Composers faced another problem, though: it had to fit on whatever the physical media would allow. This posed the ever-present challenge of creating music that was relatively brief but could be listened to on loop for hours at a time while still remaining interesting. There was a very real and valid concern over how to balance efficiency with character. The people that found themselves in these environments had to marry disparate disciplines in order to produce something compelling. All of this pools into something really special and unique.
Ultimately, I think it comes down to a matter of priorities, though. Composers and sound programmers back then had very different concerns than people working with game audio today. From a technological standpoint, the tools have changed a lot over the past few decades. Just like cell phones and social media have shaped the way that younger generations are now interacting with the world, music tools have evolved in ways that fundamentally affect how composers are approaching their craft. Gone are the days where you have to cram everything into just a few channels. Now, with virtually an infinite number of channels, the sonic possibilities are limitless. Depending on who you ask, the idea of “limitless possibility” can be good or bad. As for myself, I think there’s a lot of value in both ideologies, but I strongly subscribe to the notion that the greatest constraint is absolute freedom.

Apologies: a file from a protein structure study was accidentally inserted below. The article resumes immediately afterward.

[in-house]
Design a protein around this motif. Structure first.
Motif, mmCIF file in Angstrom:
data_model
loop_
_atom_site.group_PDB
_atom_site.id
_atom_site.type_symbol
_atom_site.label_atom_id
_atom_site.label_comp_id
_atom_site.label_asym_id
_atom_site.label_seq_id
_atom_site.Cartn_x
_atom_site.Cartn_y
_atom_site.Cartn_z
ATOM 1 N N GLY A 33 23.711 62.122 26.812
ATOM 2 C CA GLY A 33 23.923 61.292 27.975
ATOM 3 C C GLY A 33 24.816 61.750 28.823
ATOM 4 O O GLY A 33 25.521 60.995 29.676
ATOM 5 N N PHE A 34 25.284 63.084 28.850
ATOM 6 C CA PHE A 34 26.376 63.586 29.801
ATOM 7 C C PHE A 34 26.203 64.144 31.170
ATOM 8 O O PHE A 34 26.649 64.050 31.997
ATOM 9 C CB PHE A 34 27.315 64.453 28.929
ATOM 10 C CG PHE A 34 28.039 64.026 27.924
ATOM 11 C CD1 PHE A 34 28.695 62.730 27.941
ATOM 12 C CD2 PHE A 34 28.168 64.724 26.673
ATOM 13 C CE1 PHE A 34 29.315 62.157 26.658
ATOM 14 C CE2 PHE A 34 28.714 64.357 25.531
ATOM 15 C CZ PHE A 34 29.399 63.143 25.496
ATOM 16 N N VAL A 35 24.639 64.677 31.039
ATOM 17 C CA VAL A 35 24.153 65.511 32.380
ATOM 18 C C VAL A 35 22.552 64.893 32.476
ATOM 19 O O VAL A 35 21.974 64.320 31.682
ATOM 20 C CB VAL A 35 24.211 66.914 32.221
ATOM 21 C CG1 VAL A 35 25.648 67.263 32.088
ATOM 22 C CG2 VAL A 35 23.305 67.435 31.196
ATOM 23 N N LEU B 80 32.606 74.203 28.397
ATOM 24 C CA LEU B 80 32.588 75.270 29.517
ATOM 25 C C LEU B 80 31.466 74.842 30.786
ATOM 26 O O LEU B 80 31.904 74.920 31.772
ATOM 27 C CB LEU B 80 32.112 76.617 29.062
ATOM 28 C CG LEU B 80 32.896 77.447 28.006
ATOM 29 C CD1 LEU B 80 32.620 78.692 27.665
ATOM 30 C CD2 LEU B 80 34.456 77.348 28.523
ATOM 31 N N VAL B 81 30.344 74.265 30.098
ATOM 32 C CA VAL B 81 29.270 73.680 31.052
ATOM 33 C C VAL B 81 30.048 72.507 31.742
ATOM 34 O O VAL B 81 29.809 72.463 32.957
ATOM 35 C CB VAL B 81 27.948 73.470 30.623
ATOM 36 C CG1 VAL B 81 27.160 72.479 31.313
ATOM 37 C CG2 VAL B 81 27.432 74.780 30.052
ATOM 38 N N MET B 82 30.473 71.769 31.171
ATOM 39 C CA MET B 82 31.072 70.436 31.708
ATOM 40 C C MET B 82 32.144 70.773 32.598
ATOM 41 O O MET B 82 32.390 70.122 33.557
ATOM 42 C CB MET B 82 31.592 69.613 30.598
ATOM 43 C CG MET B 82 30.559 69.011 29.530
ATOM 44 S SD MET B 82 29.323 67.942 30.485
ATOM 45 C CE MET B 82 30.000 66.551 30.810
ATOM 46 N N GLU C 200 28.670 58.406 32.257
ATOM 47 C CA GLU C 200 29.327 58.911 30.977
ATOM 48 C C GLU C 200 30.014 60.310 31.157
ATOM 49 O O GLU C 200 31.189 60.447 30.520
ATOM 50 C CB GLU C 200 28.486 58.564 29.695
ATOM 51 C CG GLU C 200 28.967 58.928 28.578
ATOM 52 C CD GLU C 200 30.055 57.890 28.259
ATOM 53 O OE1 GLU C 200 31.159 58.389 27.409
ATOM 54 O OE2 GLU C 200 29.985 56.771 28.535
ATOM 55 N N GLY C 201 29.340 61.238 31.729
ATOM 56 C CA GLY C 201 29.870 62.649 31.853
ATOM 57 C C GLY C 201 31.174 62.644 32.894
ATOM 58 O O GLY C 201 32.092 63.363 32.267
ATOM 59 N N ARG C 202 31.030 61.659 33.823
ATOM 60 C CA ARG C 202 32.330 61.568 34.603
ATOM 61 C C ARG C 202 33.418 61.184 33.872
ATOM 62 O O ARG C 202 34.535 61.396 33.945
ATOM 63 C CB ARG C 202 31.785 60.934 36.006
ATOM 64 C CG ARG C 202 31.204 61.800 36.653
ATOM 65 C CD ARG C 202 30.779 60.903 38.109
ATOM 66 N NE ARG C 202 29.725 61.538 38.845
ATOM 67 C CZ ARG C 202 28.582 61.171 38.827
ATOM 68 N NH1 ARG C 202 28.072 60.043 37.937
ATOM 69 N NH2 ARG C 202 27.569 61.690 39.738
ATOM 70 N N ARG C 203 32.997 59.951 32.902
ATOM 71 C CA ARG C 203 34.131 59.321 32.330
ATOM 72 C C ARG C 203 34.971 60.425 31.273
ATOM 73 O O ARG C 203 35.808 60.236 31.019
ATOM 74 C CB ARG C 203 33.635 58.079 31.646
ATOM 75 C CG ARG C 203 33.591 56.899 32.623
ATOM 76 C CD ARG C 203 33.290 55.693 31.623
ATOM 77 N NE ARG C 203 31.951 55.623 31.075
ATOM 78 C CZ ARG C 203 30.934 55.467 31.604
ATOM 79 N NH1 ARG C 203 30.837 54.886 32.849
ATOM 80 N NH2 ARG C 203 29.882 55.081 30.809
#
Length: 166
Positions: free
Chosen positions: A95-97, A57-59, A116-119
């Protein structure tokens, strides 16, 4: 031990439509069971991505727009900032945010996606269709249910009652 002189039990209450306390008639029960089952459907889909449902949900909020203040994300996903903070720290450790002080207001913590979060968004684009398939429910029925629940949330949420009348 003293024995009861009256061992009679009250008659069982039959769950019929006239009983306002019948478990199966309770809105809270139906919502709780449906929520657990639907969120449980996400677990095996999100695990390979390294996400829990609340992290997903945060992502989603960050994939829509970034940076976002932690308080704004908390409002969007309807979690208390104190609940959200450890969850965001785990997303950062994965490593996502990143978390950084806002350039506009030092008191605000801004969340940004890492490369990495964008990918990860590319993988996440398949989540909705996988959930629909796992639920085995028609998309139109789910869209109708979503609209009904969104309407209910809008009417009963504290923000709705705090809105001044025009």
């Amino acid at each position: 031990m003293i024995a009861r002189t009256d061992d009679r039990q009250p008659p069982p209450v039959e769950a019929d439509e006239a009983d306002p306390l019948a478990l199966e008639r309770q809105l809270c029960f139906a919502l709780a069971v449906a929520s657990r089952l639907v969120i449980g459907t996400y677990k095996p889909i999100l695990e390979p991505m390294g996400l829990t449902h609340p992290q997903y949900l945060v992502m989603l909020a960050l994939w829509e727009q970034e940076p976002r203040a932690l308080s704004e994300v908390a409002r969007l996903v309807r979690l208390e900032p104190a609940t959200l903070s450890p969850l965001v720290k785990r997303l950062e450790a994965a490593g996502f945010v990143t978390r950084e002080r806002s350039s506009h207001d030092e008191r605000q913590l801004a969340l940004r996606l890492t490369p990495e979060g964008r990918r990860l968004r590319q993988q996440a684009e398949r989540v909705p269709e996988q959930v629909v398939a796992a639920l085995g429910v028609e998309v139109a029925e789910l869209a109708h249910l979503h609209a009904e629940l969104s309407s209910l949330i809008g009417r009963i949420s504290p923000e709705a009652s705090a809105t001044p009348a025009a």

|LAG: Take us through some of the steps for you in the music composition process. Is there an order you generally start (e.g., melody first, percussion later)?|